Solution: Moxa NPort 6150 serial device servers feature basic security functions such as user authentication and accessible IP list to ramp up device security with device access control. During operations, Moxa products support a data-encryption function to enhance transmission security when sending serial data over Ethernet. To make the daily maintenance easy for IT personnel, the NPort 6150 serial device servers support tools to make the configuration and management of many devices easy.
Problem 2: A data center service provider and its data centers have been frequent targets of cyber intruders, resulting in data losses and significant penalties over the past five years. To reduce the chances of being hacked, cybersecurity has become a corporate-level initiative. Security risk assessments do not focus solely on vulnerabilities in the server rooms, but also extend to all network entry points, including the power sources that supply the server rooms.

Solution: To monitor power usage and quality, the power supply equipment including switchgears, PDUs, and UPSs connect to networks to allow operators to receive real-time information. Moxa MGate MB3000 protocol gateways bridge communication between serial-based Modbus RTU devices such as power meters used inside power supply equipment and the Ethernet-based SCADA systems in the control center. When corporate IT personnel are required to perform a vulnerability scan, they can scan thousands of MGate MB3000 protocol gateways so that they can take immediate action if they identify a vulnerability.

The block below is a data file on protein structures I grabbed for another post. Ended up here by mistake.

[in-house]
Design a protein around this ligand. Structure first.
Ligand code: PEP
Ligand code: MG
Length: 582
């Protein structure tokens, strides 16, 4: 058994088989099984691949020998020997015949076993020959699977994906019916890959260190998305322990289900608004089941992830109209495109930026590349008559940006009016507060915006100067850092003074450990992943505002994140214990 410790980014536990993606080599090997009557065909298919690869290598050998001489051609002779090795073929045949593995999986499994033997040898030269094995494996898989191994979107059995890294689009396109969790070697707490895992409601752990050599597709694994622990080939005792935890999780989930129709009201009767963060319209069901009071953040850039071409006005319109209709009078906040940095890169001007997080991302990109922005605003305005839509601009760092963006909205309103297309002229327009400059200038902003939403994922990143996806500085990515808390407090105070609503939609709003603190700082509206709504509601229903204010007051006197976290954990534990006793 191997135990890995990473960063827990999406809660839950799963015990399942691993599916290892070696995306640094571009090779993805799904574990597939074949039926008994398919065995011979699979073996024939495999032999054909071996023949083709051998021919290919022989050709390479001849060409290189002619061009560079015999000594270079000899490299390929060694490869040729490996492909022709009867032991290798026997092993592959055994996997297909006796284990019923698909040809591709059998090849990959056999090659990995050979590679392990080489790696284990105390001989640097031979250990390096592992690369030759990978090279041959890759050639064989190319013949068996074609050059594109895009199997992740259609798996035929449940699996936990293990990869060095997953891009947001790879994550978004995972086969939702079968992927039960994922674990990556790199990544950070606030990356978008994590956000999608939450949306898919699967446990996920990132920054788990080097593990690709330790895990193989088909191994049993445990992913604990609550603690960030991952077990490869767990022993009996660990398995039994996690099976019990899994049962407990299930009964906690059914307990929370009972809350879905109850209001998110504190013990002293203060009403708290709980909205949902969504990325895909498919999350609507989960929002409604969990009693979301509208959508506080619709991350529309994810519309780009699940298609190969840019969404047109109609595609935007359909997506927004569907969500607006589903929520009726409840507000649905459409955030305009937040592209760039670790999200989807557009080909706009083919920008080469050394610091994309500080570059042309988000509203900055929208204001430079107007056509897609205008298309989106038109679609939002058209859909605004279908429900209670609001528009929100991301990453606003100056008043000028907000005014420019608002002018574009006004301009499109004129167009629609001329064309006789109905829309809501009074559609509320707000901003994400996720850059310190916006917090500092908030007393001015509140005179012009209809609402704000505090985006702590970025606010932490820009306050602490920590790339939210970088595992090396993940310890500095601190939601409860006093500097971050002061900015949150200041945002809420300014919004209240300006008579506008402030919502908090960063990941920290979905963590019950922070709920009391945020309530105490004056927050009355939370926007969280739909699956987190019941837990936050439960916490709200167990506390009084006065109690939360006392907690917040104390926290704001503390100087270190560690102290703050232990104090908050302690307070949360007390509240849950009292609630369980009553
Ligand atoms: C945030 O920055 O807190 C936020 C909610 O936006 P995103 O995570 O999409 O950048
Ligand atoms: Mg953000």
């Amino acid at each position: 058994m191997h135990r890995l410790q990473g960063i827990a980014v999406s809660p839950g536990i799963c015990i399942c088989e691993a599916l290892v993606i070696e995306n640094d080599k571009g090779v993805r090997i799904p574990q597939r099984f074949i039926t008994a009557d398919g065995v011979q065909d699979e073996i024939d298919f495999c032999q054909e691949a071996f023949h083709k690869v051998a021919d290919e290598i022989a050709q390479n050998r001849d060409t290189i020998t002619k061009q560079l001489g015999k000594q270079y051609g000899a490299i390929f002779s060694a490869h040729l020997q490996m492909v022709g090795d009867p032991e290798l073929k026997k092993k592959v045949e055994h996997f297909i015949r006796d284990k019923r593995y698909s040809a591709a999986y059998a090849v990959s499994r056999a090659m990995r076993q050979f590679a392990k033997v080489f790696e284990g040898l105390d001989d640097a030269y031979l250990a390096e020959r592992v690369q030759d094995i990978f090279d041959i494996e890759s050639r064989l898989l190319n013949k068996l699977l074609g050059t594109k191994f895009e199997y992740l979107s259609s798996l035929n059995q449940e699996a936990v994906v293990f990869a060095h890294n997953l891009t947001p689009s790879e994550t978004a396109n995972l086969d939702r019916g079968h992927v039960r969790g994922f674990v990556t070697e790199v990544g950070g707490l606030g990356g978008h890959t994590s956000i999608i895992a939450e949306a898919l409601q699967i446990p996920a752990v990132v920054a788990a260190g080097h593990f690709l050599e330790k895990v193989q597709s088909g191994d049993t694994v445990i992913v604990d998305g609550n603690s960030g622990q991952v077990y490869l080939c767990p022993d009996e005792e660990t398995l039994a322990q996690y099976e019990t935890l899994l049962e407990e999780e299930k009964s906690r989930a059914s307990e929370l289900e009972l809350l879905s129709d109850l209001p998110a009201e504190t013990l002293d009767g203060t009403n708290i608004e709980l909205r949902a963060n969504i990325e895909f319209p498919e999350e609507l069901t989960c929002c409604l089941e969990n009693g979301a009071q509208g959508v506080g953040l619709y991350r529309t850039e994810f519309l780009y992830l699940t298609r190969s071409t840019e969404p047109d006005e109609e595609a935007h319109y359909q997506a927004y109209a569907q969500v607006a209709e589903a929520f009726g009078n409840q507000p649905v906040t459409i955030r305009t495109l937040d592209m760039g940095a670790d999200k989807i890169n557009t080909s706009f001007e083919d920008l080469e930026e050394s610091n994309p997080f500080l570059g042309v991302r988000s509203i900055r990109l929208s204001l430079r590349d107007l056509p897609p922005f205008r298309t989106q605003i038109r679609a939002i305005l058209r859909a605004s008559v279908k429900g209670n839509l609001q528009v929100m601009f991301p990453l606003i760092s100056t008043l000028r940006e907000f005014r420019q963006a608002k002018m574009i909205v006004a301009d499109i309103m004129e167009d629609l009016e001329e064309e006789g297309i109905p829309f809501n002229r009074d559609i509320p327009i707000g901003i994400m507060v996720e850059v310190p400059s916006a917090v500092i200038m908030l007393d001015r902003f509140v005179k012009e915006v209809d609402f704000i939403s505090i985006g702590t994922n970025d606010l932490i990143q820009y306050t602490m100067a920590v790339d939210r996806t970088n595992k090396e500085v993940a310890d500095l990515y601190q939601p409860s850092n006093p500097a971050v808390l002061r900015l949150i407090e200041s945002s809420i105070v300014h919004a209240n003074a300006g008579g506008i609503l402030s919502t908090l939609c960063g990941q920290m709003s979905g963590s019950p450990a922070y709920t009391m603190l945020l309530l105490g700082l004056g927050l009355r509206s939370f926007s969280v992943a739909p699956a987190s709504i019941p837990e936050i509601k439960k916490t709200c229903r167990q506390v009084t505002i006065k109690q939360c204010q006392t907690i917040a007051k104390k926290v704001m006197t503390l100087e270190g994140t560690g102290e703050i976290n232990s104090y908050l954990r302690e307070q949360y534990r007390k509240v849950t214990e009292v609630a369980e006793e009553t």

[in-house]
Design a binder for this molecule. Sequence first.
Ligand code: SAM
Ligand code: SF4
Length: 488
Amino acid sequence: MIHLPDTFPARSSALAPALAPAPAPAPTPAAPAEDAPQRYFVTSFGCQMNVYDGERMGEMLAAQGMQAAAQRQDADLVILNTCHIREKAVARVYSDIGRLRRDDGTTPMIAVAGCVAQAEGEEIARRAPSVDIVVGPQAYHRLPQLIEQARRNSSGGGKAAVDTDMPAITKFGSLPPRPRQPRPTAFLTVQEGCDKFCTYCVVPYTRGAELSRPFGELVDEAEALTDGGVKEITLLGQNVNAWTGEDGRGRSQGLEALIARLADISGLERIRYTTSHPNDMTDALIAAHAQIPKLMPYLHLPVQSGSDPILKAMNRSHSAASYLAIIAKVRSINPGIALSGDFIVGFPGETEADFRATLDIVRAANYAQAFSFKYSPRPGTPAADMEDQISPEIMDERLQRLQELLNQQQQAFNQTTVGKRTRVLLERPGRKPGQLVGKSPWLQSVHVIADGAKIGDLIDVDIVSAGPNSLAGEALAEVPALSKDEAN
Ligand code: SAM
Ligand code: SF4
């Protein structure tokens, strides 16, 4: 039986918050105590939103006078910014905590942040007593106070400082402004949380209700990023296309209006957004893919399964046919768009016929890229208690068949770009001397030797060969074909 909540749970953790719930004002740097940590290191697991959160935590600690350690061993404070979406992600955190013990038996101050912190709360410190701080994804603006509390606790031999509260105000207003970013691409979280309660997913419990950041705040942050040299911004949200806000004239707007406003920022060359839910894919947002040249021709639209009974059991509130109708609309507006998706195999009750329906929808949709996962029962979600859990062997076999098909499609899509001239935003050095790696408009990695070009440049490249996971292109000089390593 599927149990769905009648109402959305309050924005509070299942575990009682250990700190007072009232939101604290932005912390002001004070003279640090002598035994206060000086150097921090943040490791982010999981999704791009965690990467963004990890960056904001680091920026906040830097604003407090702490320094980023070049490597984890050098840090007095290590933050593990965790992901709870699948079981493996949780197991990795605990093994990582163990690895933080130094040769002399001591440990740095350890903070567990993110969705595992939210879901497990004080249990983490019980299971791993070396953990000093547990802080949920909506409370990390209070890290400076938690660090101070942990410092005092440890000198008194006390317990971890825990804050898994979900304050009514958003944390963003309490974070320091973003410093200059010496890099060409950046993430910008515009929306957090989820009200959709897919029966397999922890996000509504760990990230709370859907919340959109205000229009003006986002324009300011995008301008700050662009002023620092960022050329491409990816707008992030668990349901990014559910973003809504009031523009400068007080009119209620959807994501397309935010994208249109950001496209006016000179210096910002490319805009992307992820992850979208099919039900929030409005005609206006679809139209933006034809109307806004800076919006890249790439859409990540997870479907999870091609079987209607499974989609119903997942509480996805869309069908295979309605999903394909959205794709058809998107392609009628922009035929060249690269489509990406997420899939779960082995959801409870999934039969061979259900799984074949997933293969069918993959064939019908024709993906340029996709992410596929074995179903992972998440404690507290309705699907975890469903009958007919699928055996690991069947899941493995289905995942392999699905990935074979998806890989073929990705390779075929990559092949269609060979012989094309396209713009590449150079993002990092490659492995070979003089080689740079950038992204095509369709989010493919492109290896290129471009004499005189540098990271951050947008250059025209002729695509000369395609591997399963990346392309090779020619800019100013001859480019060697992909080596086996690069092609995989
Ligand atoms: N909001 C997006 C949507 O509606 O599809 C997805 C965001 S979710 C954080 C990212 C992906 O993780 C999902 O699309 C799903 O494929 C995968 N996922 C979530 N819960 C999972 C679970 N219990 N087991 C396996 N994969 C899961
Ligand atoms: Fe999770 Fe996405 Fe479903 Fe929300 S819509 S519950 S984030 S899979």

To make IT personnel’s work easier, Moxa also performs vulnerability scans periodically and, if needed, takes necessary action, such as updating security patches and firmware to reduce potential threats. In addition, Moxa MGate MB3000 protocol gateways feature an easy-to-use configuration tool in both GUI and CLI format, helping OT and IT users easily handle mass firmware updates. Moxa MGate MB3000 protocol gateways not only allow customers to monitor power usage in their serial-based devices but also ease their security concerns and daily operation efforts at the same time.

About The Author

Oliver Wang is Product Marketing Manager, Edge Connectivity, at Moxa.